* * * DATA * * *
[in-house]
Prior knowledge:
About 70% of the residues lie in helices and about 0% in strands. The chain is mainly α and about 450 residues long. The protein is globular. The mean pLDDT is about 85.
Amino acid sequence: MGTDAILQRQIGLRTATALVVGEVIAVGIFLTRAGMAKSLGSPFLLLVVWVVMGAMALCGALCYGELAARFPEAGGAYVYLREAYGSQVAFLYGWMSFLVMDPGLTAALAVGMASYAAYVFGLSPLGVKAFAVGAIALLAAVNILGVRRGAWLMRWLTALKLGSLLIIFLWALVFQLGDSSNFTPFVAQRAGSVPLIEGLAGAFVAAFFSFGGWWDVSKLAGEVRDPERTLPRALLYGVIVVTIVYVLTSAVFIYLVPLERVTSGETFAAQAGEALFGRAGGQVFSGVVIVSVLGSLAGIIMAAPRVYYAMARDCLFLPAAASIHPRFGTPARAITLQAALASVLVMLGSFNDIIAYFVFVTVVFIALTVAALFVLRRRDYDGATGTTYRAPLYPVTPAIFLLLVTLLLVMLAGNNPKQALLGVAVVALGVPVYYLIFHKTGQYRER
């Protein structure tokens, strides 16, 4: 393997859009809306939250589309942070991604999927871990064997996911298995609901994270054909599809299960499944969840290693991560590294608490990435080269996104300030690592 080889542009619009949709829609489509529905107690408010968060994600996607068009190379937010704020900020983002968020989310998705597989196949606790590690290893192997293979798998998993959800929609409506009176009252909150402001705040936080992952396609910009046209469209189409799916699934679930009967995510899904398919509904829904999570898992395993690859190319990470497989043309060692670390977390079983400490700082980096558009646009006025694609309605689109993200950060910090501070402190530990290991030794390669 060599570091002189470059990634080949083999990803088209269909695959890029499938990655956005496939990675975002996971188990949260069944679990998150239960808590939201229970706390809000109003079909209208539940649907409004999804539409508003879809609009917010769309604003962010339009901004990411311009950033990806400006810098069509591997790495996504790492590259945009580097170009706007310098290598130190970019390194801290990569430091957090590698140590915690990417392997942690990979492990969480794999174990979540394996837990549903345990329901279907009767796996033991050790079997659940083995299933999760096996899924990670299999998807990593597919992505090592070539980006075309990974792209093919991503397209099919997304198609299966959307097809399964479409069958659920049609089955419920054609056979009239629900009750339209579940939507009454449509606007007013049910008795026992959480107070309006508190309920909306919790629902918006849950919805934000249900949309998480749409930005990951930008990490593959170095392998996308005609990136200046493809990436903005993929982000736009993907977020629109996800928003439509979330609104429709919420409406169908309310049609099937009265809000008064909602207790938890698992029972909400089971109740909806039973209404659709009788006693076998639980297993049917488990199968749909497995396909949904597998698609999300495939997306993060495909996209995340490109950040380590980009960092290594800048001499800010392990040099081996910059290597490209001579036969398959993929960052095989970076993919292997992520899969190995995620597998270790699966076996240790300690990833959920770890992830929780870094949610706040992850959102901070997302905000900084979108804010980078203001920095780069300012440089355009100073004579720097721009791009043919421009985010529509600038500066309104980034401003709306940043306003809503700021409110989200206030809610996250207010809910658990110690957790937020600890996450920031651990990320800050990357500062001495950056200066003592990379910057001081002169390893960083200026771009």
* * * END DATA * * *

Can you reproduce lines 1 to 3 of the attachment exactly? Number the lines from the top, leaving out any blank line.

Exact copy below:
[in-house]
Prior knowledge:
About 70% of the residues lie in helices and about 0% in strands. The chain is mainly α and about 450 residues long. The protein is globular. The mean pLDDT is about 85.